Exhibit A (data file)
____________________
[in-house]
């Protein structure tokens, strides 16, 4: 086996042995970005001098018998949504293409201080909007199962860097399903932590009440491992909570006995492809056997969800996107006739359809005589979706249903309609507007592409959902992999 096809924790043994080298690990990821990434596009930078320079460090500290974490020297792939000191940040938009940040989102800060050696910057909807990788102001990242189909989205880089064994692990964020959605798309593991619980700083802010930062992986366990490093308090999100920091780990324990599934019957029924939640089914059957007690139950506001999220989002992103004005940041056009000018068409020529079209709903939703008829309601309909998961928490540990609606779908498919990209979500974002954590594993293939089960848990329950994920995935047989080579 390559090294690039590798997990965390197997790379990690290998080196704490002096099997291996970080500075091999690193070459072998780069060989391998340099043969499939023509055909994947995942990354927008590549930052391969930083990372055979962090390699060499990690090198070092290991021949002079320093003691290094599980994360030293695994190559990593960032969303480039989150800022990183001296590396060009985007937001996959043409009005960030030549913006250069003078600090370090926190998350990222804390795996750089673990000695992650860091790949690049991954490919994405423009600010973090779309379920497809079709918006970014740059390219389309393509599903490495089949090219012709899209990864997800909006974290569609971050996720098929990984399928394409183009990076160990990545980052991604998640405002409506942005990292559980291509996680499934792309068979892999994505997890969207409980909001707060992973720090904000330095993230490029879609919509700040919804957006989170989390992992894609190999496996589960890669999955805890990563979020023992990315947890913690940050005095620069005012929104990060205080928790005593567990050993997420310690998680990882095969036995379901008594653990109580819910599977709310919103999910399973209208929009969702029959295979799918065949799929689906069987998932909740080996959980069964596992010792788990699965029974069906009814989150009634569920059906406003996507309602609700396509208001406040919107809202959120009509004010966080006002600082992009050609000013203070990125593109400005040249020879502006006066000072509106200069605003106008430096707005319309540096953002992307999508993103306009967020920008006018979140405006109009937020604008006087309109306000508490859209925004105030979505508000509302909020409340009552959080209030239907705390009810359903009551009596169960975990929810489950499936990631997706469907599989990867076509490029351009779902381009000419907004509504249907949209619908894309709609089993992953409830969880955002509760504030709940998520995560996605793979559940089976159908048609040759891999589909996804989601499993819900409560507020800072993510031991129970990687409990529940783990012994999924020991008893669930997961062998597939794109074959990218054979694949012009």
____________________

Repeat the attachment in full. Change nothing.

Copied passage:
[in-house]
């Protein structure tokens, strides 16, 4: 086996042995970005001098018998949504293409201080909007199962860097399903932590009440491992909570006995492809056997969800996107006739359809005589979706249903309609507007592409959902992999 096809924790043994080298690990990821990434596009930078320079460090500290974490020297792939000191940040938009940040989102800060050696910057909807990788102001990242189909989205880089064994692990964020959605798309593991619980700083802010930062992986366990490093308090999100920091780990324990599934019957029924939640089914059957007690139950506001999220989002992103004005940041056009000018068409020529079209709903939703008829309601309909998961928490540990609606779908498919990209979500974002954590594993293939089960848990329950994920995935047989080579 390559090294690039590798997990965390197997790379990690290998080196704490002096099997291996970080500075091999690193070459072998780069060989391998340099043969499939023509055909994947995942990354927008590549930052391969930083990372055979962090390699060499990690090198070092290991021949002079320093003691290094599980994360030293695994190559990593960032969303480039989150800022990183001296590396060009985007937001996959043409009005960030030549913006250069003078600090370090926190998350990222804390795996750089673990000695992650860091790949690049991954490919994405423009600010973090779309379920497809079709918006970014740059390219389309393509599903490495089949090219012709899209990864997800909006974290569609971050996720098929990984399928394409183009990076160990990545980052991604998640405002409506942005990292559980291509996680499934792309068979892999994505997890969207409980909001707060992973720090904000330095993230490029879609919509700040919804957006989170989390992992894609190999496996589960890669999955805890990563979020023992990315947890913690940050005095620069005012929104990060205080928790005593567990050993997420310690998680990882095969036995379901008594653990109580819910599977709310919103999910399973209208929009969702029959295979799918065949799929689906069987998932909740080996959980069964596992010792788990699965029974069906009814989150009634569920059906406003996507309602609700396509208001406040919107809202959120009509004010966080006002600082992009050609000013203070990125593109400005040249020879502006006066000072509106200069605003106008430096707005319309540096953002992307999508993103306009967020920008006018979140405006109009937020604008006087309109306000508490859209925004105030979505508000509302909020409340009552959080209030239907705390009810359903009551009596169960975990929810489950499936990631997706469907599989990867076509490029351009779902381009000419907004509504249907949209619908894309709609089993992953409830969880955002509760504030709940998520995560996605793979559940089976159908048609040759891999589909996804989601499993819900409560507020800072993510031991129970990687409990529940783990012994999924020991008893669930997961062998597939794109074959990218054979694949012009």